I have no idea what DPV is (happy to be educated here), but I am certainly aware of the “algos” causing gyrations, but it seems a bit foolhardy to try to understand how those work, unless there’s a dataset that proves in aggregate that if you input X, you get Y with some confidence ratio above Z%. Couldn’t someone take another side of this argument at say that there are discounted cash flow algos that kick in when interest rates start to rise that cause growth stocks to sell off? This just gets a bit too dicey for me. You might have a point here, this just isn’t an area where I feel like I’ll get an ROI on my time to try to figure it out.

“I had bought DOCS in Nov and added in early Jan. Ultimately, insane profitability and FCF did little to nothing to prevent a short-term share price collapse.”

I don’t think DOCS is a good comp at all here. Yes, they had high revenue growth, EBIDTA, and FCF, but we know they had an unsustainable COVID bump and had already penetrated the TOP 20 pharmaceutical manufacturers and hospitals in the US by mid-2021, and even if they blow their next quarter guide out of the water like they did this quarter, they would be at approx 2% QoQ and 50% YoY, and THAT is what I would call rapid deceleration from 100% YoY just 3 quarters ago, but hardly unexpected.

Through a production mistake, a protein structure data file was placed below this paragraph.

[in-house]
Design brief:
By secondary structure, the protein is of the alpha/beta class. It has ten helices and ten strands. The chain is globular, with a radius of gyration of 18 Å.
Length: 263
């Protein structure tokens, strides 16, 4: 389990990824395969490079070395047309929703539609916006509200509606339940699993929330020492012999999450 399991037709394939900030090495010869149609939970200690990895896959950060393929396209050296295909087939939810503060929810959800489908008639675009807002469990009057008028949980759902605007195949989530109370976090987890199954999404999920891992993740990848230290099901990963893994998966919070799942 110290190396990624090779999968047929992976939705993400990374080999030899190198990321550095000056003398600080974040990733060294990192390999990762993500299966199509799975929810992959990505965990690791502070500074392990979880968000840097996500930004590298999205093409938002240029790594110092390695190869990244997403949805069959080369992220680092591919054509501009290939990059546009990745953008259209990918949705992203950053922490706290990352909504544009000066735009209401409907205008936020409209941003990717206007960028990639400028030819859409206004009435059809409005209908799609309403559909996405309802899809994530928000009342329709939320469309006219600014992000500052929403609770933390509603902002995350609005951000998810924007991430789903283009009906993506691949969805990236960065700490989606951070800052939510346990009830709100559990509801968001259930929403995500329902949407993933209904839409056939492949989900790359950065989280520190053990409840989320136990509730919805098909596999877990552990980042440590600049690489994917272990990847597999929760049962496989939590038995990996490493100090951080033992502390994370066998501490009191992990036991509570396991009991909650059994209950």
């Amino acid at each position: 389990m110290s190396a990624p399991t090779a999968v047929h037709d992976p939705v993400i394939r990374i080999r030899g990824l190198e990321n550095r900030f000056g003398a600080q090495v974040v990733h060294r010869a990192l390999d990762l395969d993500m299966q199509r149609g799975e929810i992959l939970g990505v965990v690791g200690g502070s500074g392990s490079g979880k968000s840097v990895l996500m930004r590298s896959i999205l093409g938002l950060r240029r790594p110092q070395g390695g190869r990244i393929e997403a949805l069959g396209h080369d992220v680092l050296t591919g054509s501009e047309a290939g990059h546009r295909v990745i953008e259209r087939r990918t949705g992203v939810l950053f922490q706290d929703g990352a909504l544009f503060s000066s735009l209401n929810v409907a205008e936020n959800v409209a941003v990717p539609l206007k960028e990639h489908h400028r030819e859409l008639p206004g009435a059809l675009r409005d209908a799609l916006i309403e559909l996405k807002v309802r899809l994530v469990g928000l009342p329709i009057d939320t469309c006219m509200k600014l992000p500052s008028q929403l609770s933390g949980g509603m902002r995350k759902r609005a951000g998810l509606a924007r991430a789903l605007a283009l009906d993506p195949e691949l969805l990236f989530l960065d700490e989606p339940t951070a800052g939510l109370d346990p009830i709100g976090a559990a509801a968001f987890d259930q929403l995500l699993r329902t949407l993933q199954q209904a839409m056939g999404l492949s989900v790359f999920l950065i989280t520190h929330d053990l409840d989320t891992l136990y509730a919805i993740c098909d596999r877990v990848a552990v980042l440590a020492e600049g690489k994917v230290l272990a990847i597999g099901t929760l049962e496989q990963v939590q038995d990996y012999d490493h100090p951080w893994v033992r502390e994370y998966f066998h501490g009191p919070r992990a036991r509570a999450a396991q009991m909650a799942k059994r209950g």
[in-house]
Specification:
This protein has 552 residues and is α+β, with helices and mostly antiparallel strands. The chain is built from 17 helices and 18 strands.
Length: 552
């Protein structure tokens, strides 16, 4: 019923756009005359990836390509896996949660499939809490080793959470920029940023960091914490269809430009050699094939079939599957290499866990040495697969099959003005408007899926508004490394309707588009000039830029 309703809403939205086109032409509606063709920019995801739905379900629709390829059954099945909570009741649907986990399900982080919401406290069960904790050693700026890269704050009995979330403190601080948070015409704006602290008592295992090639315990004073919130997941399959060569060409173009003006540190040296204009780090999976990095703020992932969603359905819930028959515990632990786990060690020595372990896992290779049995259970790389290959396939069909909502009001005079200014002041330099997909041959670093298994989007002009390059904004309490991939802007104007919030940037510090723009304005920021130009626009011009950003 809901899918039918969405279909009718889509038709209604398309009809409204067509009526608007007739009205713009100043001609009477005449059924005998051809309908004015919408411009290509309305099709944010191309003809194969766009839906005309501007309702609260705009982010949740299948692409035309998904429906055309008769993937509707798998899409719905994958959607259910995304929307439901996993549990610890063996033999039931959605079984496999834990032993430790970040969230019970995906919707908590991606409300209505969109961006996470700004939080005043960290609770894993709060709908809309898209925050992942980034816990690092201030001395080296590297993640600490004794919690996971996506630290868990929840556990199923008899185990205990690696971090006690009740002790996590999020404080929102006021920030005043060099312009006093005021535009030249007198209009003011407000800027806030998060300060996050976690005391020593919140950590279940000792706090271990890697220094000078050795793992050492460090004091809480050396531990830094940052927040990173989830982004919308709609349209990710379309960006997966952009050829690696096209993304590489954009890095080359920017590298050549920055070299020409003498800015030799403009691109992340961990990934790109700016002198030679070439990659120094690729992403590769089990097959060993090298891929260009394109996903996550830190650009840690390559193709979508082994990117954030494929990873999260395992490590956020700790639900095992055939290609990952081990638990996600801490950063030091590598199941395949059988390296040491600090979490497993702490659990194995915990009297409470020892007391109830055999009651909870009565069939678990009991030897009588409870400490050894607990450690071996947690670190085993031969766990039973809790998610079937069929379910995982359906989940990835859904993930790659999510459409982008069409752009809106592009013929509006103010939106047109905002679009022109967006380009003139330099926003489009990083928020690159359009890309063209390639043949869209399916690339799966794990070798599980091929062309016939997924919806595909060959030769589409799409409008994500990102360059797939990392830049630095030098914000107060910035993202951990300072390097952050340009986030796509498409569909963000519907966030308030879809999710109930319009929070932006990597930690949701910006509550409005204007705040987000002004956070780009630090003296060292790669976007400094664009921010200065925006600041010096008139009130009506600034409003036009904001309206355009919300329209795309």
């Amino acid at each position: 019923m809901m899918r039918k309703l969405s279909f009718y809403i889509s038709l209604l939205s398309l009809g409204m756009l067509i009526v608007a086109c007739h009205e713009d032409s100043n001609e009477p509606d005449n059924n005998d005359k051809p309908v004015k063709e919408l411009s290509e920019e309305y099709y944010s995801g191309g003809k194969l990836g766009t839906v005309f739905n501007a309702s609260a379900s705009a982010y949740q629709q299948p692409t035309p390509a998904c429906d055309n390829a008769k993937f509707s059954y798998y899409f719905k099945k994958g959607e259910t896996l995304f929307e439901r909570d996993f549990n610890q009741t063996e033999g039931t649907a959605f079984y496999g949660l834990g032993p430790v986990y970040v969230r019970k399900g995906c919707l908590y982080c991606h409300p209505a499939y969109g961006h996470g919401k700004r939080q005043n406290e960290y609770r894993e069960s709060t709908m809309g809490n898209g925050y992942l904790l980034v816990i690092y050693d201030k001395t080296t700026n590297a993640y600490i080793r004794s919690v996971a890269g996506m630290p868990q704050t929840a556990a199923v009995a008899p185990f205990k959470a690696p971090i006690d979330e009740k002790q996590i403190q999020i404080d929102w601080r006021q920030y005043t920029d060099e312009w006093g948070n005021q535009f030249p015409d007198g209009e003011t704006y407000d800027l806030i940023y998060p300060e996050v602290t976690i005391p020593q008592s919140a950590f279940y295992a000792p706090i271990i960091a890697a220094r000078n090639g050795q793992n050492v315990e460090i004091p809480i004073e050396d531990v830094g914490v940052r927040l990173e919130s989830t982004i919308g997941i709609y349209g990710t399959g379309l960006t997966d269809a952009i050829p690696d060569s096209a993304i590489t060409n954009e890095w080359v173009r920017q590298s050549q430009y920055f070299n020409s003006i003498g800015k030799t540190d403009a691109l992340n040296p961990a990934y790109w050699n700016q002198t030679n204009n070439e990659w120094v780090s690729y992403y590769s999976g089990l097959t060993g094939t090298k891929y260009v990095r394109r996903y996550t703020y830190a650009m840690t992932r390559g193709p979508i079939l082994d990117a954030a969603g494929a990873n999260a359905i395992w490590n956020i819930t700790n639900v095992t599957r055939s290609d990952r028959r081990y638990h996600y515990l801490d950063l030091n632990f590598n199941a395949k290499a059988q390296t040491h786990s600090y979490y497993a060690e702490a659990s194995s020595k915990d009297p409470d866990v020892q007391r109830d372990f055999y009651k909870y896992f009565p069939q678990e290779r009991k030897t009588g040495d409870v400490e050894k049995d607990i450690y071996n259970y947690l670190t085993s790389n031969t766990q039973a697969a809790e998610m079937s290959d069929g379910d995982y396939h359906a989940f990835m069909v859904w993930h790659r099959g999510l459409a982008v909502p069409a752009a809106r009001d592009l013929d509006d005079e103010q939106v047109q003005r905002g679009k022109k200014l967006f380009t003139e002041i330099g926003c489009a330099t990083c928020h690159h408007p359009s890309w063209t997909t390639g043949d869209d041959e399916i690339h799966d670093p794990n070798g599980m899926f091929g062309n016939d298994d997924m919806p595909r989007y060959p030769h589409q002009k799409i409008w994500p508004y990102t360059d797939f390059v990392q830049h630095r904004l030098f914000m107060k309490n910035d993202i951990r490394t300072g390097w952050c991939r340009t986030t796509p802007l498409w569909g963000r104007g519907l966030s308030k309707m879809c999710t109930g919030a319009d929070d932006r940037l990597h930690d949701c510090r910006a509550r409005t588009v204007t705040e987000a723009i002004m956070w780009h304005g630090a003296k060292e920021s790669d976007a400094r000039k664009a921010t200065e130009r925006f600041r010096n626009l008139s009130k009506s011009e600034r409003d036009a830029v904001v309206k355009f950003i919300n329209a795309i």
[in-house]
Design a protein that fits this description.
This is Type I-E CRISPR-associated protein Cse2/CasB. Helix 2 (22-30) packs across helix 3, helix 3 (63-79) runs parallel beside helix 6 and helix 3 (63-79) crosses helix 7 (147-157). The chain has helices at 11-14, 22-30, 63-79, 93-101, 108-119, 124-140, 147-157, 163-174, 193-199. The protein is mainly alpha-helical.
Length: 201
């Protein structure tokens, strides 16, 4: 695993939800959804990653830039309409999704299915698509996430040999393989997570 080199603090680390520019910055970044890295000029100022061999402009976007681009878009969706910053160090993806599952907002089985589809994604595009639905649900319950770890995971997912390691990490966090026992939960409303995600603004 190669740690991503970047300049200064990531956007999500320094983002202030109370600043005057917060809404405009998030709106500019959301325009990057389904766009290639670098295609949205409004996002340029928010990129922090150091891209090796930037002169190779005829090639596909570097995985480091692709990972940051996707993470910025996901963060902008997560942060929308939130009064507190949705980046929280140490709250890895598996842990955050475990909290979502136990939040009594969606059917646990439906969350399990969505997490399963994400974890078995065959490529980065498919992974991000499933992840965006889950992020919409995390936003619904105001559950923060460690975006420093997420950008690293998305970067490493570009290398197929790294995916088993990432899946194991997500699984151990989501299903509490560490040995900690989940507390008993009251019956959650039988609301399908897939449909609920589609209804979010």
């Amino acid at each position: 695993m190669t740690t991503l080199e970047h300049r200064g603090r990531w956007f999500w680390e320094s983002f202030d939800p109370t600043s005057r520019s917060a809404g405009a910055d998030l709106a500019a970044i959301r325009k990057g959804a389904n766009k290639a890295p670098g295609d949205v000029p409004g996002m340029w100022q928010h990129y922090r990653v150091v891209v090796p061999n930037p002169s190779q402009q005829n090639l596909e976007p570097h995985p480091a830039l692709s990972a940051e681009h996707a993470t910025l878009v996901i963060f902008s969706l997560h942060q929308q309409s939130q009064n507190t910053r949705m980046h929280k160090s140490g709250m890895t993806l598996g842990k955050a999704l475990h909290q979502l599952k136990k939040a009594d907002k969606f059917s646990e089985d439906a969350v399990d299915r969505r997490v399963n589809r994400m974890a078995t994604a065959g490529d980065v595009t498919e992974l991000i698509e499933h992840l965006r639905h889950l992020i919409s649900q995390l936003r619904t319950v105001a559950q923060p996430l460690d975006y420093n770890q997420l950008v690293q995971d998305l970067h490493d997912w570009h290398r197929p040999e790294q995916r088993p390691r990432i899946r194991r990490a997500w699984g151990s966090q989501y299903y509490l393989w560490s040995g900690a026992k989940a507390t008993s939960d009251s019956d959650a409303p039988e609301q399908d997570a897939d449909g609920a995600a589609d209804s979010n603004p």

“The last 2 quarters, NET posted qoq revenue growth of 12.3% and 13.1%, whereas CRWD posted qoq revenue growth of 12.5% and 11.5%. So CRWD may already be growing at the same rate or slightly slower than NET, even though the yoy growth rate doesn’t reflect that (since it includes growth from 3-4 quarters ago).”

I think your numbers a just a bit off there. NET’s QoQ growth in Q3 was 13% and Q4 (just reported) was 12%. CRWD Q2 QoQ was 12% and Q3 was 13%. And most importantly, keep in mind that we still have to see CRWD’s Q4 report, and as I mentioned in my OP, pretty much every growth stock has outperformed their guidance this earnings season. A neutral beat for CRWD would be $429M, which is 13% QoQ, but again if I was a betting man I’d take the over based on what we’ve seen reported this past week. I think $435M is very reasonable and would be 14% QoQ. Let’s come back to it on March 9th when CRWD reports and then its a better apples-to-apples compare with your statement above.